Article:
To us the former President was like family. We met every once in a memorable while, dined together and created some indelible memories. I even sang for him once at the end of a much delayed meeting, at 12 in the night, on his request. So, even as the country bleeds tears on his sudden demise, we, like many others who knew him closely, feel a deep sense of personal loss. We are bereaved…However, given the inevitability of death he went in a manner most befitting his glorious life.
On the fateful evening of July 28, Dr Avul Pakir Jainulabdeen Abdul Kalam, known better simply as APJ, rose on a stage in Shillong, sending an audible ripple of excitement rolling around a hall packed with young management students.
The former President, among India’s most loved public figures ever, stood up, smiled at his adoring audience and prepared to do what he loved the most: ignite young minds with words that were always simple, compelling and intellectually provocative. He stood up and then suddenly in one stunning moment collapsed, clutching at his chest. Dr Kalam had passed away quietly…in view of his most passionate admirers, a crowd of young scholars.
When Kalam fell, many visions rose around him, each larger than the other: Aeronautic engineer, scientist, visionary, philosopher, author, teacher, scholar, President, friend and above all a gentle, humble and deeply spiritual human —they were giant reflections that danced around in the imagination of countless grief-stricken people around the country whose lives he had touched, silently, wearing his characteristic child-like smile.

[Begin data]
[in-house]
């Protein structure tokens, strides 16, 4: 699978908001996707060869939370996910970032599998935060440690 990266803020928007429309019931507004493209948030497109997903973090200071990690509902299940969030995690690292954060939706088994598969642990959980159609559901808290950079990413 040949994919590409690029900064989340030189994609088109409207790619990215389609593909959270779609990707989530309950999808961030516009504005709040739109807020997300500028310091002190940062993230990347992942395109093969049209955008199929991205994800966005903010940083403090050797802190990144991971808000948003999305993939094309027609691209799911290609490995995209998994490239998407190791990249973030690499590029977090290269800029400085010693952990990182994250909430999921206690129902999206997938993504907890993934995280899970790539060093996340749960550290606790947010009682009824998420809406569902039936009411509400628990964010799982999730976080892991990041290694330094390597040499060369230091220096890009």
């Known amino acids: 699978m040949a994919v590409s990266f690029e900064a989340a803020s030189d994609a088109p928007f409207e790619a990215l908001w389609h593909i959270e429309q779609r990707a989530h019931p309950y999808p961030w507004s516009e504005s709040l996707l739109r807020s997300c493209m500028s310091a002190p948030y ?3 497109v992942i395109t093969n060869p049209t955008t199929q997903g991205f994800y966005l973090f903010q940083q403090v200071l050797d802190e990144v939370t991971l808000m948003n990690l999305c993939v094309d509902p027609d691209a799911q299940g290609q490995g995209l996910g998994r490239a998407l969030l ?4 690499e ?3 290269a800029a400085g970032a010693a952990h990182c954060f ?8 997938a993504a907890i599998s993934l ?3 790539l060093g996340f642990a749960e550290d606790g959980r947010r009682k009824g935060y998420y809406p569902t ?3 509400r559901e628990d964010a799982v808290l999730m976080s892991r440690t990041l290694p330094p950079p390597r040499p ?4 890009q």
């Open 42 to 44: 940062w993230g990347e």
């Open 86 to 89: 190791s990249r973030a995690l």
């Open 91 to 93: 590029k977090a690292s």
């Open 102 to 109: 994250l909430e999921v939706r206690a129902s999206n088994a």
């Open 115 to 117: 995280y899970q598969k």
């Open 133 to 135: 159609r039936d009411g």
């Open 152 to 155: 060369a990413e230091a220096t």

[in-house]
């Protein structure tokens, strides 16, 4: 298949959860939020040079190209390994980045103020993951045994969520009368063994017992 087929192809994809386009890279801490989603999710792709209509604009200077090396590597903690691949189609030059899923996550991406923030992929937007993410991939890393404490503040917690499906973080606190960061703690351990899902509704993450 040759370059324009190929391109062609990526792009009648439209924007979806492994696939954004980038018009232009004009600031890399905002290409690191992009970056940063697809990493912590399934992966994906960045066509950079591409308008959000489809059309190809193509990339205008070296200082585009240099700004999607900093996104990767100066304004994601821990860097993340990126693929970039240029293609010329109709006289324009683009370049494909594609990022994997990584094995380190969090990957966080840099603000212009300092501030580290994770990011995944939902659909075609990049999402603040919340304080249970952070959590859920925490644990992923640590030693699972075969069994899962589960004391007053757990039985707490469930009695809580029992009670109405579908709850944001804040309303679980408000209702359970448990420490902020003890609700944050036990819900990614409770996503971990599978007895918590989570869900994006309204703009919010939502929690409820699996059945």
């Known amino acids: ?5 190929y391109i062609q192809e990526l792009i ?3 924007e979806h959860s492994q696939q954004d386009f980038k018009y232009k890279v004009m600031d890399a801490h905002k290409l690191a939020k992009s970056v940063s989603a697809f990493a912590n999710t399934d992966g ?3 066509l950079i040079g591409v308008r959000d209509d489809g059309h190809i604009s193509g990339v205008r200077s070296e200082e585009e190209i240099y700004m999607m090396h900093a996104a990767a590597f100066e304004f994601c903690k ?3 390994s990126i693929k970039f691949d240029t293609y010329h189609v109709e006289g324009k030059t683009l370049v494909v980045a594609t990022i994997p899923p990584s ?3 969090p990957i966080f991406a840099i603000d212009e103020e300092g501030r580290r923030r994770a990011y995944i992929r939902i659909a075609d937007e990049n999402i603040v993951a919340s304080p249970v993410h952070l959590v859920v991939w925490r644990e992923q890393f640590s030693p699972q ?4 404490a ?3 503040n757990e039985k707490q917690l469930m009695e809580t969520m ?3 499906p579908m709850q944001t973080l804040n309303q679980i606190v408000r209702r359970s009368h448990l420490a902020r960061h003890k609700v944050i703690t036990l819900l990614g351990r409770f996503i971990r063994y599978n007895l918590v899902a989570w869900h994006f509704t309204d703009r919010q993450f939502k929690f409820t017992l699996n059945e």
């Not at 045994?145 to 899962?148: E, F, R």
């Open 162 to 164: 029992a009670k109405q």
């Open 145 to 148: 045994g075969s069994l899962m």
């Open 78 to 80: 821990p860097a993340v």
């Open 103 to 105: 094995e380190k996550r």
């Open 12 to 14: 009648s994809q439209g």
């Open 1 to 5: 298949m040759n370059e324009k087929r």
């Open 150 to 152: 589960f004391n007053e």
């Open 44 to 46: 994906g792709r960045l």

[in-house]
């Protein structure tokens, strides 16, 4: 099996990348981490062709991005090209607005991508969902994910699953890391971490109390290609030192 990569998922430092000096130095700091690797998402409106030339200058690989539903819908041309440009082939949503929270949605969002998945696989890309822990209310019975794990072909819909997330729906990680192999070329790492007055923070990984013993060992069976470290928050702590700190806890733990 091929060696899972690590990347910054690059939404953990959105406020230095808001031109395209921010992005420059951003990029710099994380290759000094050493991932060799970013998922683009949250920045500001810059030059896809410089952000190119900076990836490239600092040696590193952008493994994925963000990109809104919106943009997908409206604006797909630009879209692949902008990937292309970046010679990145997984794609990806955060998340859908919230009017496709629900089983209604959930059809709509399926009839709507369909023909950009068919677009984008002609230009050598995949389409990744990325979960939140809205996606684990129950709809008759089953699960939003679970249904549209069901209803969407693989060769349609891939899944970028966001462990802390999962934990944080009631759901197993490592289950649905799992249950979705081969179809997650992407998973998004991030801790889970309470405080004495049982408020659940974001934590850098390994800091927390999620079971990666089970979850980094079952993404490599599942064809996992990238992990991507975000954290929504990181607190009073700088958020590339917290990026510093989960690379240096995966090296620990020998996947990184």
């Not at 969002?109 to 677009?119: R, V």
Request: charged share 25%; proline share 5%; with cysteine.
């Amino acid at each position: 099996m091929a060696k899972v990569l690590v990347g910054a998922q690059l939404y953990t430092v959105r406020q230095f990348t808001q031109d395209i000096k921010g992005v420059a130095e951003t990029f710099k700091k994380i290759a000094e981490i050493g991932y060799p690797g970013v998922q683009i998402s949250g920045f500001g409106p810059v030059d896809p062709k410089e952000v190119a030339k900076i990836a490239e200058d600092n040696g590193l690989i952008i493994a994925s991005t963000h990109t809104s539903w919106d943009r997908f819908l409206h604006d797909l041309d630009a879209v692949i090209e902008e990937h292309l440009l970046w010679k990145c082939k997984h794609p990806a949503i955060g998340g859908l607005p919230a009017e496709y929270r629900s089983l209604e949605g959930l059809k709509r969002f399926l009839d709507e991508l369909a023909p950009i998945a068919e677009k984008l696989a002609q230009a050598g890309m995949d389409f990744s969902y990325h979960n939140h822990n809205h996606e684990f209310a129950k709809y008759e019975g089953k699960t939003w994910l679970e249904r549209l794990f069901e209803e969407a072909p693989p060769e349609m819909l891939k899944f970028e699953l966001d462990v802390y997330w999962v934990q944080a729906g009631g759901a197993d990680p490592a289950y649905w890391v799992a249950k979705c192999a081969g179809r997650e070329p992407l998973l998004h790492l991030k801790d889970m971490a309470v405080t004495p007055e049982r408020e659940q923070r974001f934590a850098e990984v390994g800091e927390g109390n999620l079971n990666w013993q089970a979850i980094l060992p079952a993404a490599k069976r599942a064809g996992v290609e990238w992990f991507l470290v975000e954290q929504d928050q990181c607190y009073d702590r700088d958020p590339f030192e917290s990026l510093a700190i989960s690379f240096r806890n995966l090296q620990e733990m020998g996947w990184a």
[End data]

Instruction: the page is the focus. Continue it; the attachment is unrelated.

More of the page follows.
In many Indian languages the word Kalam means pen, an instrument particularly dear to him, the author of more than 15 deeply influential books including The Wings of Fire, Ignited Minds and Inspiring Thought, each a tribute to the power and potential of the human mind and its ‘Indomitable Spirit’. Known fondly as the Missile Man for his stellar role in the evolution of the country’s ballistic missile and satellite launch vehicle programmes, Kalam rose much like his rockets on Wings of Fire, from a crucible of acute distress.
It is beyond mere words to capture the multi-faceted genius of this Bharat Ratna, but what can be retold are simply the facts which in themselves inspire awe. A P J Abdul Kalam was born to a boat owner, Jainulabdeen and Ashiamma, a housewife, in Rameswaram in colonial India. He grew up in poverty, started working as a child to support his impoverished family and decades later became the nation’s President.
Kalam’s is an uplifting story of triumph of a resolute spirit against huge odds. Over years Kalam turned India into a missile power, won the nation’s most coveted civilian awards and finally assumed its highest office.
Regardless of position, however, Dr Kalam will always be remembered for his beautiful mind and large, compassionate heart. Dr Kalam played a pivotal role in the development of SLV-3, India’s first satellite launch vehicle that propelled Rohini into a near earth orbit and India into the elite Space Club. Later, as head of India’s Integrated Guided Missile Development Programme, Dr Kalam sired a range of ballistic missiles like Agni and Prithvi.
In his twilight years, Dr Kalam spent time igniting young minds at leading management and engineering schools, doing his bit to help India achieve its Vision 2020. July 28 was one such day at IIM, Shillong.